I’m now having fun exploring different ways in which I can use my food illustration skills to take it to the next level and offer more than just an illustration. I want to use my passion for food and illustration as a communication tool to help people who don’t have the artistic skills or time to add personality and interest to their business, product or service.
Can you share a bit about the creative process and materials you use?
I am inspired by making and tasting food, seeing food on display, food blogs, recipe books, design and homeware brands, fabrics and textiles, plants, animals and people.
I will often start with a light pencil sketch, followed by outlining with fine liner (just like my colouring-in books), colour with watercolour inks or pencils and then alternating layers of pen and colour until it feels finished. I love colour and enjoy experimenting with combining colours that traditionally clash, similar to how I experiment with combining food ingredients.
Recently I’ve started experimenting with using apps on my iPad to draw digitally, although I want to stay a traditional hand-drawn illustrator as I think that pushes me to constantly improve my style. Design software allows you to undo, delete or edit if something doesn’t go the way you planned. However when drawing by hand I can incorporate my ‘mistakes’ so they no longer remain a mistake and contribute to my quirky style.
Who or what are some of your influences? What other artists, designers, peers and creatives do you admire?
Other illustrators, food stylists, design trends and positive people influence me. Here are just three from an ever growing list:
Herakut – HERA + AKUT = HERAKUT. An artist duo from Germany. Their art works can be found in big cities around the world – from Toronto to Kathmandu, San Francisco to Melbourne. Their drawing/painting style is raw and often they combine quotes or text with the images.
Claire Bowditch from The Big Hearted Business – Claire is an Australian musician but also a creative entrepreneur who teaches creative people about business, and business people about creativity, in ways that makes sense.
Claus Oldenburg – an American sculptor, best known for his public art installations typically featuring very large replicas of everyday objects. Banal everyday objects inspire me and Claus puts them on a pedestal.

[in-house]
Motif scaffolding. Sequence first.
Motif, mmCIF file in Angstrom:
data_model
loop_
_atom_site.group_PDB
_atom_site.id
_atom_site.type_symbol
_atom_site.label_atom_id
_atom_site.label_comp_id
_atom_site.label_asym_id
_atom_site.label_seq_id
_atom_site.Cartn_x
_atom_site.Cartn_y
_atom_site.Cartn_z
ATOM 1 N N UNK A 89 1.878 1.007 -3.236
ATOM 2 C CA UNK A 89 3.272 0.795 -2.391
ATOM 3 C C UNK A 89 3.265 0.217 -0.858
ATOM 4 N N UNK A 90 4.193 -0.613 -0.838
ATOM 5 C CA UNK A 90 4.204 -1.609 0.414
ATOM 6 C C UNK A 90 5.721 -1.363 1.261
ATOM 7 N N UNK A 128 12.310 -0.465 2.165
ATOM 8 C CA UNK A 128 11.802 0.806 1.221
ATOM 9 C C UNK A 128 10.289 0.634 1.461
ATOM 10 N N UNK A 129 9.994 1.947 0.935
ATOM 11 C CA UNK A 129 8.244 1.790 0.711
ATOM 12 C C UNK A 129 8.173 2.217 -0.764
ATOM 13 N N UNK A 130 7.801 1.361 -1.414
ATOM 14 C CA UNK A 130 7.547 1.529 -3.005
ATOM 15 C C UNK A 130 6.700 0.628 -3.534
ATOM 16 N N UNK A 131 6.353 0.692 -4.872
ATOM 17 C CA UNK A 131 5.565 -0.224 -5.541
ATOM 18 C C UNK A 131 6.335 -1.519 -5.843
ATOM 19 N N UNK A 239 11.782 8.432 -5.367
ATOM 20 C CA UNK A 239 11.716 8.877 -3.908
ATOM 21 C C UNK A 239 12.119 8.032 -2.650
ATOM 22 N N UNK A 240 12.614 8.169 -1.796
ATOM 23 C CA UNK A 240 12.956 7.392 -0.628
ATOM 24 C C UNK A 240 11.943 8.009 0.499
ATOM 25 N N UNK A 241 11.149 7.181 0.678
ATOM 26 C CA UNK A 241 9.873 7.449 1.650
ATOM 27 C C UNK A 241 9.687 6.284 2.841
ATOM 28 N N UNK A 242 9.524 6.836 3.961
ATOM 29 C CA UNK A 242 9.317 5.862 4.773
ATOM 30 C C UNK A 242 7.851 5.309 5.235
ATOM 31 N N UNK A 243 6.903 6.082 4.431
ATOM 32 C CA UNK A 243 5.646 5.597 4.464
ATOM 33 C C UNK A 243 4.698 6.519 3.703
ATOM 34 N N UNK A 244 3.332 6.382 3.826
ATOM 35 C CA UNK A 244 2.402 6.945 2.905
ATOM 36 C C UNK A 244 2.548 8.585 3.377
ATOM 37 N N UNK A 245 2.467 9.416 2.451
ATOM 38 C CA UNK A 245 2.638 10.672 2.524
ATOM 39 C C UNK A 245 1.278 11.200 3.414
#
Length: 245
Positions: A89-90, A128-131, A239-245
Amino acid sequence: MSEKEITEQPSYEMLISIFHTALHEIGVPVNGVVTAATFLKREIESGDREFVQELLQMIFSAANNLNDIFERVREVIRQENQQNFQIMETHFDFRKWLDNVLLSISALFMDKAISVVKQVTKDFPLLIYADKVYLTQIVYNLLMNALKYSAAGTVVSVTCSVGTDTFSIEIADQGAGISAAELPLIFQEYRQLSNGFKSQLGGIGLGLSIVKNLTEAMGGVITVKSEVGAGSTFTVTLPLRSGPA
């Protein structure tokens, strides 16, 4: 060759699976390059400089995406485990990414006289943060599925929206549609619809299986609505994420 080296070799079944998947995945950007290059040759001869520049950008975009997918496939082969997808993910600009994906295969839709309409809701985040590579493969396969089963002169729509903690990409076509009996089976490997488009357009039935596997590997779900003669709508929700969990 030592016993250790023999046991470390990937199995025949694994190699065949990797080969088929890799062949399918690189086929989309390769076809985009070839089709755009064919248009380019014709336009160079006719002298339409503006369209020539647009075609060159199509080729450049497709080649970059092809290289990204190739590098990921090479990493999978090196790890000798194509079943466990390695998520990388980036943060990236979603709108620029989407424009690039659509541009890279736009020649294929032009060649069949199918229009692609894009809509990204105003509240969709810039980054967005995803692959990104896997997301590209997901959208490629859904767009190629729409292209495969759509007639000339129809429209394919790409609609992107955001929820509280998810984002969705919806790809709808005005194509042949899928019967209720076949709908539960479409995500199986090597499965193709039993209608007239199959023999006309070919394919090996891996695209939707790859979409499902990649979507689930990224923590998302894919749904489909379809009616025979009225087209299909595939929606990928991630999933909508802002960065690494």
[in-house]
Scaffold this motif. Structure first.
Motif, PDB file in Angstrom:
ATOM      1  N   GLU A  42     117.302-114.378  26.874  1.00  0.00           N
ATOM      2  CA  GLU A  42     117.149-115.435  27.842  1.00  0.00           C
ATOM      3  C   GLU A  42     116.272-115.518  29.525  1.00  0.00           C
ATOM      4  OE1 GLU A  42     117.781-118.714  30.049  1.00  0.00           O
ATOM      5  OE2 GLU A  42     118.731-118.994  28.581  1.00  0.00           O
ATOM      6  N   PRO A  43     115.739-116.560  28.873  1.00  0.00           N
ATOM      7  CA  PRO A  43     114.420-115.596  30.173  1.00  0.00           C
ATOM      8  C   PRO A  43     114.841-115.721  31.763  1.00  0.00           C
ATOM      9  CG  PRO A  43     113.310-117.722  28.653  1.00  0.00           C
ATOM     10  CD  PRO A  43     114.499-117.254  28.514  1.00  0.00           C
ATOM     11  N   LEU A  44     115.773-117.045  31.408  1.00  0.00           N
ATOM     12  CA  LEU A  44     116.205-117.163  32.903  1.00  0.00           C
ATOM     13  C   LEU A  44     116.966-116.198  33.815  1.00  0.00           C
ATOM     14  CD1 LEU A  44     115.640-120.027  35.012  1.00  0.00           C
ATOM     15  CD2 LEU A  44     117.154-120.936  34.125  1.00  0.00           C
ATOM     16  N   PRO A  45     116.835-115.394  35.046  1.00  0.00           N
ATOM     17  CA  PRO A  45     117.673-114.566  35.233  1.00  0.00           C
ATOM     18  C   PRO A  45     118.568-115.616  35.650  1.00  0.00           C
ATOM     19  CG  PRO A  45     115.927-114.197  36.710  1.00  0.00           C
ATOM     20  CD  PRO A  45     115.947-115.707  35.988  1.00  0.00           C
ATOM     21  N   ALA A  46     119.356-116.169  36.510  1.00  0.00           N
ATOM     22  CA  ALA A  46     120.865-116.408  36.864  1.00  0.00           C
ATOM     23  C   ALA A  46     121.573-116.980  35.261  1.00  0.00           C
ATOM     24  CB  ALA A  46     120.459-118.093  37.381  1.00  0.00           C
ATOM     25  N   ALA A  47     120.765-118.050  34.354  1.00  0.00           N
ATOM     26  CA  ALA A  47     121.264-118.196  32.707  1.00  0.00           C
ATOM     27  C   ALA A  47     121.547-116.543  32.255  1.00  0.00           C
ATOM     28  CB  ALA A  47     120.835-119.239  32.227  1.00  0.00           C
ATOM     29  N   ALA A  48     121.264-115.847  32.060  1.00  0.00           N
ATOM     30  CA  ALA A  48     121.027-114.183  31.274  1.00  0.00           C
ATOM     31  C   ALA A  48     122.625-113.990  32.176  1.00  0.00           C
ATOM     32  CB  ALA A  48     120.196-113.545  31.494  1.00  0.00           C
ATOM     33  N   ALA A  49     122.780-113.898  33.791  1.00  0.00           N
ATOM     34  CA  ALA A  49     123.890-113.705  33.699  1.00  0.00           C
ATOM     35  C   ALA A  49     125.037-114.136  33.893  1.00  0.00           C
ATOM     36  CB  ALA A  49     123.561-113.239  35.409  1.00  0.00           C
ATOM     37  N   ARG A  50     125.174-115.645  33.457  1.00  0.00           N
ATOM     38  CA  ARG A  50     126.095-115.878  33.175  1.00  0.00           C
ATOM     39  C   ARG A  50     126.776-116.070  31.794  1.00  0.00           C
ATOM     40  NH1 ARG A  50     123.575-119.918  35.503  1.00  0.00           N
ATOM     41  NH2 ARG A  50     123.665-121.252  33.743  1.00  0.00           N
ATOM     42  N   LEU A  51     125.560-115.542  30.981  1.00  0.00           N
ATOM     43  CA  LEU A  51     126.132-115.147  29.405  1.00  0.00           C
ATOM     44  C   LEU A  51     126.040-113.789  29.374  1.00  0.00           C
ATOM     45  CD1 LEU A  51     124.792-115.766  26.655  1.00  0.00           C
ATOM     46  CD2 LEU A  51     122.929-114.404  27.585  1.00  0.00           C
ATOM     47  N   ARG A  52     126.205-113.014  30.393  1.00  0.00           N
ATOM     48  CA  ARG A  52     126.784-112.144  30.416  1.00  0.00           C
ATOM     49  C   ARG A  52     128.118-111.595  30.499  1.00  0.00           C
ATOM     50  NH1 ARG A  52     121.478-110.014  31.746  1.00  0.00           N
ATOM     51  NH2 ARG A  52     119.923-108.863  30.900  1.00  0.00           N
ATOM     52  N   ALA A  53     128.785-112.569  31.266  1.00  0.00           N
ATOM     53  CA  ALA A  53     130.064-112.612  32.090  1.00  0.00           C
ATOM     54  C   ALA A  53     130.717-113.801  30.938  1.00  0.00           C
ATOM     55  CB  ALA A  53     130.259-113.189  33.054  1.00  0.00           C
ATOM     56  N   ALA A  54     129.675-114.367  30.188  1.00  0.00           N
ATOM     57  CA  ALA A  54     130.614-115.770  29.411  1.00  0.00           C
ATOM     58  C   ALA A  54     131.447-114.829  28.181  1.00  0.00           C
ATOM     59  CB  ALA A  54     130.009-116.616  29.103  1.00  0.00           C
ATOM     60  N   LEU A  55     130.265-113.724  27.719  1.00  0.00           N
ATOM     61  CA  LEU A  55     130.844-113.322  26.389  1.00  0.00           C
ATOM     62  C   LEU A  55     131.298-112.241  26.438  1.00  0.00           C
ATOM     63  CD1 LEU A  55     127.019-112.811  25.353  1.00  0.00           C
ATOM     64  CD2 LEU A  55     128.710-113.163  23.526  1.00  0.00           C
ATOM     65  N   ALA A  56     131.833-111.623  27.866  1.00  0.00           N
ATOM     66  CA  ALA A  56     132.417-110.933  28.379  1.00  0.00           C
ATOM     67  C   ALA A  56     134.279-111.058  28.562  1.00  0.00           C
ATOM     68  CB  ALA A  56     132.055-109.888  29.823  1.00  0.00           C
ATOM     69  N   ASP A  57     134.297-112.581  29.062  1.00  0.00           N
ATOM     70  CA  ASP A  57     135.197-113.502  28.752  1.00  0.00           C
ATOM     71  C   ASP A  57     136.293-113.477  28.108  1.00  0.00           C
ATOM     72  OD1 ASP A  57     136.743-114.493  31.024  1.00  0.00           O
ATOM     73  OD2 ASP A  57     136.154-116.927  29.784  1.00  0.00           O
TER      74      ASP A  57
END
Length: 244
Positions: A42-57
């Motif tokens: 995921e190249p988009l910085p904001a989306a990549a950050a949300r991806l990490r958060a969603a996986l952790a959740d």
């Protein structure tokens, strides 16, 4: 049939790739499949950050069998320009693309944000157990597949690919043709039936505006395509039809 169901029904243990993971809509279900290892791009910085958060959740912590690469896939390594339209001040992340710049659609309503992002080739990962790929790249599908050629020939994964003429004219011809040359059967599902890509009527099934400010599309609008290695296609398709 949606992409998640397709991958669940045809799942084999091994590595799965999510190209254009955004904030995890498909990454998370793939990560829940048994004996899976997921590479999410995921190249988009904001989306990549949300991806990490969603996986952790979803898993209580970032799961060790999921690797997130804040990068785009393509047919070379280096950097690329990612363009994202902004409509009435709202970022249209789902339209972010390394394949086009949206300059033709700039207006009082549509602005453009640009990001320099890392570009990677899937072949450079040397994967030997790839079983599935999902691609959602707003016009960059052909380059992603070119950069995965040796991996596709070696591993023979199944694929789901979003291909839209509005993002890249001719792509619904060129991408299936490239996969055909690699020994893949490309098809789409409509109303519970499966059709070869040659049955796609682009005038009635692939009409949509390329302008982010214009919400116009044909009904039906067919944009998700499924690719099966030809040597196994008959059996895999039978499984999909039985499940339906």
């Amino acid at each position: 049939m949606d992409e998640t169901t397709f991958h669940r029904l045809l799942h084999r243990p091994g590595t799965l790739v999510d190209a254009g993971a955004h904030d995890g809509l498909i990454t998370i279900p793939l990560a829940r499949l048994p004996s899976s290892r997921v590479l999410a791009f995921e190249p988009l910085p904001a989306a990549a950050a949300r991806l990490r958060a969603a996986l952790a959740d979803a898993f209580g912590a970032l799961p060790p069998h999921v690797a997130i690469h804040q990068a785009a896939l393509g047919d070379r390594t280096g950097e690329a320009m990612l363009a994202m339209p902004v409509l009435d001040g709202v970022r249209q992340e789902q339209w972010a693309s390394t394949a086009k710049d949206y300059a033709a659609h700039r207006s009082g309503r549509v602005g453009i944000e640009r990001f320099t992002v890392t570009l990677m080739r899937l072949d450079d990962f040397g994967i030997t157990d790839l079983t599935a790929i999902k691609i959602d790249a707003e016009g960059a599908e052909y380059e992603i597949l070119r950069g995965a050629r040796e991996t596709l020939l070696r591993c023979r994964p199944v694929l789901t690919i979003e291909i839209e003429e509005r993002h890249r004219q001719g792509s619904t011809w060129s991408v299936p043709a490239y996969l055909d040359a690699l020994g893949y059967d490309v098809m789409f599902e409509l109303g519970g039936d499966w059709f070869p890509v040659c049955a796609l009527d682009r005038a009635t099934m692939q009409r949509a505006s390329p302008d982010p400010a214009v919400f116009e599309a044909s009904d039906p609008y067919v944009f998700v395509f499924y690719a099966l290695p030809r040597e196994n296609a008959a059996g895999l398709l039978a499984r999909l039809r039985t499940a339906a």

What would be your dream project/commission?
To illustrate a coloring in book, or children’s book.
To take my illustrations from 2D to 3D and do visual merchandising, styling, installations, collaborate with set designers or prop makers on TV, film or music videos.
To license my artworks for use on products.
Do you get to eat the food you’ve been drawing? Or are you so over food by the time you’ve finished?
So far, yes I do get to eat it! Sometimes I photograph the food and don’t draw it until after I’ve eaten it so that perhaps a bit of the flavour goes into the drawing.
What have been some of the challenges you’ve faced in setting up your own creative business? What’s one piece of advice you would give to others wanting to do the same?
The biggest challenge for me was myself. I first had to believe in myself. I had to figure out what I was trying to achieve and then get to work making, talking to people, researching and finding people who needed what I did. I needed time to pursue all of that and it was hard to do while working full-time in another job.
My advice would be that you can’t do everything yourself so get help, such as a business mentor/coach. Have people you can rely on for support and outsource what you can. There is always something you can work on so accept it and set yourself tasks rather than working yourself into the ground in a never-ending attempt to finish just one more thing.
What do you like to do in your spare time?
I like to attend workshops where I can learn and practice new skills and meet people. Recently I’ve been doing face painting, sign painting and hand lettering.
I like to spend time with friends and enjoy delicious home cooked meals (or try out a new cafe) with scrumptious conversation.
I love to travel to new countries and back to New Zealand to spend time with family and friends. I love soaking up the Kiwi culture that I miss out on living ‘across the ditch’, like food products, and TV commercials – I love NZ TV commercials.
I enjoy Melbourne’s eateries and finding new artisan products to sample.
What’s your favorite café/restaurant hangout in Melbourne?
Tiggy at Schoolhouse Studios, 81 Rupert St, Collingwood is a little café where you’ll find me. It’s the resident café at my art studio with awesome owners and one cool dog called Romulus.
Short Round in Thornbury – lovely staff, delicious food and not too bad on the eyes either.
Vietnam Noodle House on Swanston Street. When I’m in the city I love a bowl of the vegetable noodle soup. It’s packed full of fresh veggies, noodles and sits in a chicken broth; it’s quick, cheap and filling.
Have you ever had a ‘who’d have thought’ moment?
Actually I have a Pinterest board all around that ‘who’d have thought’ moment.
Thanks so much, Tina, for your inspirational and tummy-rumbling inducing story!